Second, the program has active and cancelled data components--active can be changed, cancelled cannot. Because they are identical fields, they would like to be able to compare apples to apples when looking at the active vs. cancelled data. That way, when they see the active field [B][x] Letter received[/B], they won't see [B]Letter received [true][/B] down in the cancelled version.

[QUOTE=Momerath;1511658]You can do it in the form.designer.cs file, along with all the other attributes that are set there in the InitializeComponent method.[/QUOTE]
Can you give me more details? There are several places that my "transparent" control is referenced in that method. I would assume that it belongs in (or just below) this section:
[CODE]//
// TransparentCancelledHtcLabel
//
this.TransparentCancelledHtcLabel.BackColor = System.Drawing.Color.FromArgb(((int)(((byte)(1)))), ((int)(((byte)(204)))), ((int)(((byte)(212)))), ((int)(((byte)(1)))));
this.TransparentCancelledHtcLabel.Location = new System.Drawing.Point(0, 91);
this.TransparentCancelledHtcLabel.Name = "TransparentCancelledHtcLabel";
this.TransparentCancelledHtcLabel.Size = new System.Drawing.Size(60, 37);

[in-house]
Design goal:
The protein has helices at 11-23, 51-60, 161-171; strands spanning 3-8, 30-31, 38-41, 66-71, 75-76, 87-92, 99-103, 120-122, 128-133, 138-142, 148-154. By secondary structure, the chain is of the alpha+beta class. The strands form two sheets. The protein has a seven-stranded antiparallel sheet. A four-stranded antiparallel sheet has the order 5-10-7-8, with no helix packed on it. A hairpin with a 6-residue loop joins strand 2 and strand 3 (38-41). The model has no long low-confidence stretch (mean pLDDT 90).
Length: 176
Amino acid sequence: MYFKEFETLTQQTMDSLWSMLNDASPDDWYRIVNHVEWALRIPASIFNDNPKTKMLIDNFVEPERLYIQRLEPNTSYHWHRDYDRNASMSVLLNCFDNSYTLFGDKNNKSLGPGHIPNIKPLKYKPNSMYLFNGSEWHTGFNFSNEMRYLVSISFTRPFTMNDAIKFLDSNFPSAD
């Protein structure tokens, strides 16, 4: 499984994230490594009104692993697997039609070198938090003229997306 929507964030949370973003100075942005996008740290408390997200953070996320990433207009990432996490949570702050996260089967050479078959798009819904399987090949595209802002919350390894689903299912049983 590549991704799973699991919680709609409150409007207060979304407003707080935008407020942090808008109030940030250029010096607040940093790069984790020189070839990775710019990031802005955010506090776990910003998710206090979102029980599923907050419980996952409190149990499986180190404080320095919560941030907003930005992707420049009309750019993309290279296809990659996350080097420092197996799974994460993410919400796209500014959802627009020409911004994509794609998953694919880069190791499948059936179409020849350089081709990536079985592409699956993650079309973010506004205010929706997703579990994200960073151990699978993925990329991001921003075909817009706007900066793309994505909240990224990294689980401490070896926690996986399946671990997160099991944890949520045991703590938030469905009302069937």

this.TransparentCancelledHtcLabel.TabIndex = 36;
[/CODE]
And I had tried putting the code there, but it doesn't work the way MSDN explains it. I can enter the first line more or less like it appears in MSDN:[CODE]SetStyle(System.Windows.Forms.ControlStyles.SupportsTransparentBackColor, true);[/CODE] It requires a more fully qualified version of "ControlStyles", but OK. However, the 2nd line won't work at all. If I enter [ICODE]this.Backcolor = [/ICODE] there is no [ICODE]Color.[/ICODE] option. Besides, nothing in either of these lines indicates that it is going to that label specifically. I would have assumed it needed to be somewhere within {braces} or something so it would only belong to that control. I tried entering [ICODE]this.TransparentCancelledHtcLabel.[/ICODE] but "SetStyle" doesn't exist for that context.